Scifi Genre Signals: Single Men with a Death Wish

Both H.G Well’s The Time Machine and The Man from the Atom by G. Peyton Wertenbaker utilize a specific genre signal—a single man who goes on a faraway dangerous adventure for the sake of science–which I think is very interesting.  Both the Time Traveler and Kirby are undoubedly single men, as there has never been any mention of the Time Traveler having an attachment to anyone in his house or otherwise and Kirby specifically mentions always being “ready for these experiments” (Wertenbaker 64).  Likewise, both of these men are going on really dangerous journeys—the Time Traveler is going to the far future and he has no clue what he is getting himself into.  In fact, the Time Traveler does not even know if the Earth would exist at that point and as the story progresses we see that it was indeed a dangerous journey that he was not prepared for.  Kirby as well jumped on board with the professor’s experiment without much thought—even though the professor explicitly warned him by saying, “’You must realize, of course, that there are a multitude of unknown dangers. I know nothing of the complete effects of the machine.  But my experiments on inanimate objects have seemed satisfactory’” (Wertenbaker 63).  Any sane person would at least hesitate when the professor who built the machine says he does not know all there is to know about said machine yet.  Obviously these men have motivations that guide their actions, most likely for the sake of science, but I see this as a signal of the Science Fiction genre.

The Professor and the Traveler

Something that struck me while I was reading “The Man from the Atom” was the depiction of Professor Martyn, as I was immediately reminded of the Time Traveler from Wells’ The Time Machine. Both are men of great curiosity, so much so that they are ostracized within their respective communities. Of the Professor, Kirby conveys, “Ordinary men avoided him because they were unable to understand the greatness of his vision” (“The Man from the Atom” 62). He continues, “Where he plainly saw pictures and worlds and universes, they vainly groped among pictures of his words on printed pages” (“The Man from the Atom” 62). Upon reading this, I immediately though of the Time Traveler and the information the narrator gives us as we first encounter both him and his outlandish scientific experiments. Wells writes, “The fact is, the Time Traveler was one of those men who are too clever to be believed: you never felt that you saw all around him” (The Time Machine 10). In “The Man from the Atom”, it is noted that “the Professor had few friends” (Amazing Stories 62), where we see a similar likeness in The Time Machine. “The serious people who took him seriously never felt quite sure of his deportment: they were somehow aware that trusting their reputations for judgement with him was like furnishing a nursery with eggshell china” (The Time Machine 11). Both intellectual figures in The Time Machine and “The Man from the Atom” are depicted of having both wild ambitions and audience that doesn’t quite understand them, adding a curious dimension as we explore the nature of their inventions.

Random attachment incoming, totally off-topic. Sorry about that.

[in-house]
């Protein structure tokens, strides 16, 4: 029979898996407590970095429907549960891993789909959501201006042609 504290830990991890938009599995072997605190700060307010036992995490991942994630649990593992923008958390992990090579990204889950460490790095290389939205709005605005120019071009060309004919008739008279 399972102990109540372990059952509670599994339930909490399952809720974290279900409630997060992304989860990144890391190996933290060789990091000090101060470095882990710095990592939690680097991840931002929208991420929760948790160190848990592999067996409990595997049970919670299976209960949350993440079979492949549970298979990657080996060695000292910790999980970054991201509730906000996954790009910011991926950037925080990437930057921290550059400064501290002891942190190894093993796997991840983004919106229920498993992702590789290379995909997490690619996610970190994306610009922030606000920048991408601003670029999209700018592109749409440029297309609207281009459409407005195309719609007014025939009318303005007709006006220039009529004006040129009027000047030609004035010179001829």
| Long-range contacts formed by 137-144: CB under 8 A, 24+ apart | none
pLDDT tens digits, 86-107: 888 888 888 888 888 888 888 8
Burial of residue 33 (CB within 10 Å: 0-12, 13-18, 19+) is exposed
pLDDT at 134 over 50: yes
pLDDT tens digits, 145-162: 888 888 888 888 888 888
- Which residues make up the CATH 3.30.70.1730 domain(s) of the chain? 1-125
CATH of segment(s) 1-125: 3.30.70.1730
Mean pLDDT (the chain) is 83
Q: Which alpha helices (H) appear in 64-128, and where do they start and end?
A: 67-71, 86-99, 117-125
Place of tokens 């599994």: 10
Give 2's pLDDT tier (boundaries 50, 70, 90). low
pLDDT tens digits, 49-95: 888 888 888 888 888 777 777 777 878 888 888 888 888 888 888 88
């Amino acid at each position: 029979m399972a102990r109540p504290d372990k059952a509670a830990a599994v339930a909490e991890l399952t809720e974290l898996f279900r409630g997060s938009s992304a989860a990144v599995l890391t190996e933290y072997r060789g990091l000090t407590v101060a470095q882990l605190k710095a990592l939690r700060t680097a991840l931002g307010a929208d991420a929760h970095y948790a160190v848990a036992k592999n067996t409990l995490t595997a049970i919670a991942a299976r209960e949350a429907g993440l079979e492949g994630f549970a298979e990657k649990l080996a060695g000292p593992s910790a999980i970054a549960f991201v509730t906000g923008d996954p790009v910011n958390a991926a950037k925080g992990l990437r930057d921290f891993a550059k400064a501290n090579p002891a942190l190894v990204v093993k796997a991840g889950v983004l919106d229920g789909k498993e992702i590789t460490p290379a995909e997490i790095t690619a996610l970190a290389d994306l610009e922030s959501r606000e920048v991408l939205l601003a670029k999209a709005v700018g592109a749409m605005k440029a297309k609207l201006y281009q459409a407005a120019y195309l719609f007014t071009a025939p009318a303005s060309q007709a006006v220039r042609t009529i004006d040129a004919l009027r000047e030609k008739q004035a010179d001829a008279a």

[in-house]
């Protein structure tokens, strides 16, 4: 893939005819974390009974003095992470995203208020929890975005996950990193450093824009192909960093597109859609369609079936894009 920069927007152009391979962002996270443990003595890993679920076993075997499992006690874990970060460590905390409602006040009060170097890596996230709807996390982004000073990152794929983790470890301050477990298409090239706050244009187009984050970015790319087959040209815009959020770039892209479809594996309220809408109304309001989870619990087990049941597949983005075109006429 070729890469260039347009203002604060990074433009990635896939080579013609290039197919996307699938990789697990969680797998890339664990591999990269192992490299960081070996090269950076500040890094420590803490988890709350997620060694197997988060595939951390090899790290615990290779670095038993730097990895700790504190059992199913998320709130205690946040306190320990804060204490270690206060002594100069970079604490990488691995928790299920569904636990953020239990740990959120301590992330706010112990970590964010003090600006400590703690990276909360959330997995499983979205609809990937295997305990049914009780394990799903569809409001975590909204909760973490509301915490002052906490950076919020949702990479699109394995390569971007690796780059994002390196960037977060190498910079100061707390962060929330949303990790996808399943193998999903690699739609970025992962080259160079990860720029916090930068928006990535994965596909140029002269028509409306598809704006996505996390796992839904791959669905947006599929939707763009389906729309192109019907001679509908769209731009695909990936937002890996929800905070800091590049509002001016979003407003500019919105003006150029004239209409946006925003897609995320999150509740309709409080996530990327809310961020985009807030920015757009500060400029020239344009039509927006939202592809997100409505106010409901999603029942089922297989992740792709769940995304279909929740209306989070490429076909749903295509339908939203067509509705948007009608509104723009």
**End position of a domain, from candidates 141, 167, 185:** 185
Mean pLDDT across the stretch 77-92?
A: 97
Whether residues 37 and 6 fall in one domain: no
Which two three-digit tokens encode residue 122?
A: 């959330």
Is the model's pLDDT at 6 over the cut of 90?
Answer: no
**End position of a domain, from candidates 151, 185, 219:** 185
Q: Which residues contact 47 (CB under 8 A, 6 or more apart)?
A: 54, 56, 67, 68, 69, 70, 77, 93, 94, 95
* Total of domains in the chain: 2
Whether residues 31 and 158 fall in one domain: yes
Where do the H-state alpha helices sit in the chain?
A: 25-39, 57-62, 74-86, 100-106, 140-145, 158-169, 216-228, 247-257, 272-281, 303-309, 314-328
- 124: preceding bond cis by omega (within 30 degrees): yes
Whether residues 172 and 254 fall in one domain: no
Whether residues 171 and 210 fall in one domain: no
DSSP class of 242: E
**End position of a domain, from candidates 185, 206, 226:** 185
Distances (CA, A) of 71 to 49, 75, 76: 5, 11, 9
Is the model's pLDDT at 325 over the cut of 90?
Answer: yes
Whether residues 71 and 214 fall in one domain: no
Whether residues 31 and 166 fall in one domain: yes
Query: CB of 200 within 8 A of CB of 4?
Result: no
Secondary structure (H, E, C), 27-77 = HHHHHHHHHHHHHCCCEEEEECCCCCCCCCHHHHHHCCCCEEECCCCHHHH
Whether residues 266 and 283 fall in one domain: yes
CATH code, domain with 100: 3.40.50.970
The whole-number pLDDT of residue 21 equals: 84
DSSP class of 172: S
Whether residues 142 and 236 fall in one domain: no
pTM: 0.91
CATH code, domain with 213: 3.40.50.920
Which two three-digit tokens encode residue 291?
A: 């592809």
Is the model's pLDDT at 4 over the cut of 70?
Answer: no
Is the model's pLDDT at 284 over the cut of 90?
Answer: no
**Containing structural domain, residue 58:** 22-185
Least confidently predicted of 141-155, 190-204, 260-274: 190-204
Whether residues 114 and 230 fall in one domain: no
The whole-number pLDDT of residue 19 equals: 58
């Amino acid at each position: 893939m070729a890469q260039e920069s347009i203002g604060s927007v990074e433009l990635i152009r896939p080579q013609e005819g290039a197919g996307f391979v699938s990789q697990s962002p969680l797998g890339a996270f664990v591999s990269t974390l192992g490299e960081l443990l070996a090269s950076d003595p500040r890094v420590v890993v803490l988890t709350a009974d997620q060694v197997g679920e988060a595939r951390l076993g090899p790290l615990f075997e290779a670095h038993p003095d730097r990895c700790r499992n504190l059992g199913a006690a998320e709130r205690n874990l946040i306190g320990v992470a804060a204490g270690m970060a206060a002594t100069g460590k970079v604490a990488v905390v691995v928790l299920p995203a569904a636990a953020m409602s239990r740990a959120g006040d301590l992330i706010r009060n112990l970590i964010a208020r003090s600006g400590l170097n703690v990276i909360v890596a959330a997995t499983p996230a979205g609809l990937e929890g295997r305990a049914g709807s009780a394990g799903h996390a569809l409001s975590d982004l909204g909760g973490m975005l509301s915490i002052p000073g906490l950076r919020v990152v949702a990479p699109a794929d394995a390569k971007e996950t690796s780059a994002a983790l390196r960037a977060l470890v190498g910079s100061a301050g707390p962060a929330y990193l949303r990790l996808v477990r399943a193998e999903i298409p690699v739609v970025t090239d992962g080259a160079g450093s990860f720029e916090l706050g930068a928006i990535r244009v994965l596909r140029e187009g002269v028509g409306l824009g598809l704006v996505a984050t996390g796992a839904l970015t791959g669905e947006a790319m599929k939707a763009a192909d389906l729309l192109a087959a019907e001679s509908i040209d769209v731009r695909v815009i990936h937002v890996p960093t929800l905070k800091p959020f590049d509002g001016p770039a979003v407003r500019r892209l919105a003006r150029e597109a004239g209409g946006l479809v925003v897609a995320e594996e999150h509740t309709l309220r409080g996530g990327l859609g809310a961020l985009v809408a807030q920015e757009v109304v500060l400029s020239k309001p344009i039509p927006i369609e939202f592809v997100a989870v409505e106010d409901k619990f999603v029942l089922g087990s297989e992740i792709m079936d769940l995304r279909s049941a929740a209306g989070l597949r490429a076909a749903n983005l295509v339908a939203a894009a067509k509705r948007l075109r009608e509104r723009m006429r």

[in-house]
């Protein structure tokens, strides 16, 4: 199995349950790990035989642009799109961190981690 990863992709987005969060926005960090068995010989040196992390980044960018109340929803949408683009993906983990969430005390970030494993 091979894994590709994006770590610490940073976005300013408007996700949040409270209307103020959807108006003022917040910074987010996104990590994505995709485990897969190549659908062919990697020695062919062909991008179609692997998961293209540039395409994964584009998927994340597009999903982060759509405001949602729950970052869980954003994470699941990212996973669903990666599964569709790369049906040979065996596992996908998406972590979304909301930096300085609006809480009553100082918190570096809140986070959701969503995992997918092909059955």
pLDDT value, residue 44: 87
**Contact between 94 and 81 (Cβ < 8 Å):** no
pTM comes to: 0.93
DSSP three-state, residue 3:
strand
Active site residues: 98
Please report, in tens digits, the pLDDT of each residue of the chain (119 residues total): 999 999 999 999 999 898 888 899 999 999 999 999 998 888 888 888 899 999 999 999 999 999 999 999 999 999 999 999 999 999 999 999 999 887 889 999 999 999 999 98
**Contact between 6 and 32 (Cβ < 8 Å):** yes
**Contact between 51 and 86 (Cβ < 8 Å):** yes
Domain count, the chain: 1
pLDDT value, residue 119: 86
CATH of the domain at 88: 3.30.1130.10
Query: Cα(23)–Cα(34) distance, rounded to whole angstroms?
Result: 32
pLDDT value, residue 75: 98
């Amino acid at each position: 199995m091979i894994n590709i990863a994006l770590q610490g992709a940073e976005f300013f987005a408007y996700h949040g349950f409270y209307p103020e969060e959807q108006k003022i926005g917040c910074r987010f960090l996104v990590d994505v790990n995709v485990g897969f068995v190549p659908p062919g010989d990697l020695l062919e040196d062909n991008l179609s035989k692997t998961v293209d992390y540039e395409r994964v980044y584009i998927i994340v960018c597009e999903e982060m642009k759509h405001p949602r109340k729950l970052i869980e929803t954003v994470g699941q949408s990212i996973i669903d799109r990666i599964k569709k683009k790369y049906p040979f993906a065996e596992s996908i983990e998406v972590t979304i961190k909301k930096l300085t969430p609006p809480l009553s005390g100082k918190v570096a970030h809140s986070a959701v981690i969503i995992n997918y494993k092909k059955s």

Wells Allows for Individual Thought

The magazine article A.D. 12, 203: A Glimpse of the Future features many interruptions of thought not only from the Time Traveler himself, or “I” in this case, but from the surrounding audience.  Wherein H. G. Wells’ novel the Time Travel appears to have final say in all ideas and theories, this article provides points of reflection for both the reader and the other characters. For instance, the Time Traveler takes a moment to ponder and states “What might appear when that hazy curtain was altogether withdrawn? What might not have happened to men” (500)? These series of questions give the reader a moment to input their theory, in contrast to the novel which has the Time Traveler creating his own theories after just being in the future for a short time. Also, later on in the article the medical man is allowed to chime in with “That…entirely discredits your story” (500). By allowing another character to contradict the Time Traveler, Wells provides conflict for the reader to be able to decide for themselves what they believe to be true instead of completely accepting all that is told by the Time Traveler. This sense of doubt appears to be more present in the article version of The National Observer than the actual book version.

Work Cited

“A.D. 12,203.” The national observer, 1890-1897, vol. 11, no. 280, 1894., pp. 499-500.